ICC Develops New Standard for Building in Hurricane, High Wind Areas

The International Code Council has released new construction guidelines it says will increase public safety in hurricane prone areas and other high-wind regions. The Standard for Residential Construction in High Wind Regions (ICC-600) provides wind-resistant design and construction details for residential buildings and applies to areas where wind speeds reach 100 mph to 150 mph, including the hurricane-prone regions of the east and gulf coasts, coastal Alaska, and the specialwind region of the Columbia River Gorge in Washington and Oregon.

“Communities that adopt this new standard will have a tool based on sound science to help them save lives and protect property,” said ICC CEO Rick Weiland. “It’s necessary if we are to reduce the billions of dollars in wind-related damage this country faces year after year.”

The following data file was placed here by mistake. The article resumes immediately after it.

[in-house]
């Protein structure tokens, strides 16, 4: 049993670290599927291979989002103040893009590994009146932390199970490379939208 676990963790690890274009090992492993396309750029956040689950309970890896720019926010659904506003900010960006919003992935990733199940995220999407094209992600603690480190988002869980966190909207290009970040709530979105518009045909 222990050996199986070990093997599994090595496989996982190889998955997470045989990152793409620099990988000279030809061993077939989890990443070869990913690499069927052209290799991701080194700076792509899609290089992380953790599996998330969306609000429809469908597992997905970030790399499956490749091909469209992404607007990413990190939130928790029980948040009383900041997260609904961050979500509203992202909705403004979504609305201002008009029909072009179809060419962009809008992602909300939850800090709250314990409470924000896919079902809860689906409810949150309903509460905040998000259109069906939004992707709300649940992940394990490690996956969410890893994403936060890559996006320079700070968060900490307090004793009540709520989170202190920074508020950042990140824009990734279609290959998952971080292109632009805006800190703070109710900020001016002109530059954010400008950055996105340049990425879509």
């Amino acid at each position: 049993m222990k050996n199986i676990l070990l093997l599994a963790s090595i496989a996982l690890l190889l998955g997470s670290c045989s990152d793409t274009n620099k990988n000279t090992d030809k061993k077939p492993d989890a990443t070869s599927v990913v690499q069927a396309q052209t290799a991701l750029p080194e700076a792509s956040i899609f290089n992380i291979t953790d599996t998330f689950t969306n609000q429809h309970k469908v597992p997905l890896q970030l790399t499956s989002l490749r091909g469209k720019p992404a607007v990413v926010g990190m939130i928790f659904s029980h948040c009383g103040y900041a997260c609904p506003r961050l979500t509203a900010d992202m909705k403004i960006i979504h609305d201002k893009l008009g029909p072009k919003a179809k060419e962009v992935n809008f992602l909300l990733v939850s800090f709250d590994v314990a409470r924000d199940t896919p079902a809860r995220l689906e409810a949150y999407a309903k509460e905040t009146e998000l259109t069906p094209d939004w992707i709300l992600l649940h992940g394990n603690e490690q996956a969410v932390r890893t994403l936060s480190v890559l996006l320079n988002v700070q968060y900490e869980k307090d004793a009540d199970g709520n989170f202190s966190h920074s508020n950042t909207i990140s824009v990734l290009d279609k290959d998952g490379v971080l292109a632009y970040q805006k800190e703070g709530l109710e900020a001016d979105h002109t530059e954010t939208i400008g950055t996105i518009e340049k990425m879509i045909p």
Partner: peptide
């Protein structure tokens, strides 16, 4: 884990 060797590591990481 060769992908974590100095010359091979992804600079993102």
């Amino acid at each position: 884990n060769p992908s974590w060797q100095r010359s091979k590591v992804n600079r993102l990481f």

ICC-600, approved by the American National Standards Institute (ANSI) as an American National Standard, uses the latest engineering knowledge to improve the structural integrity and performance of homes. The standard is an update to SSTD 10-99 and includes new provisions such as prescriptive designs for wind speeds up to 150 mph with three-second gusts, designs for cold-formed steel framing and exterior wall coverings for high wind.

“The High Wind Standard will help First Preventers protect the communities they serve,” Weiland said. “First Preventers, those many unheralded and mostly unknown code officials who check and double-check code compliance and administer building safety codes, play a major role in saving lives, protecting property and reducing recovery costs often paid for by taxpayer dollars.”

The new standard, available this month for communities to adopt, will be considered as a referenced standard in the 2009 International Residential Code. For more information, visit www.iccsafe.org.

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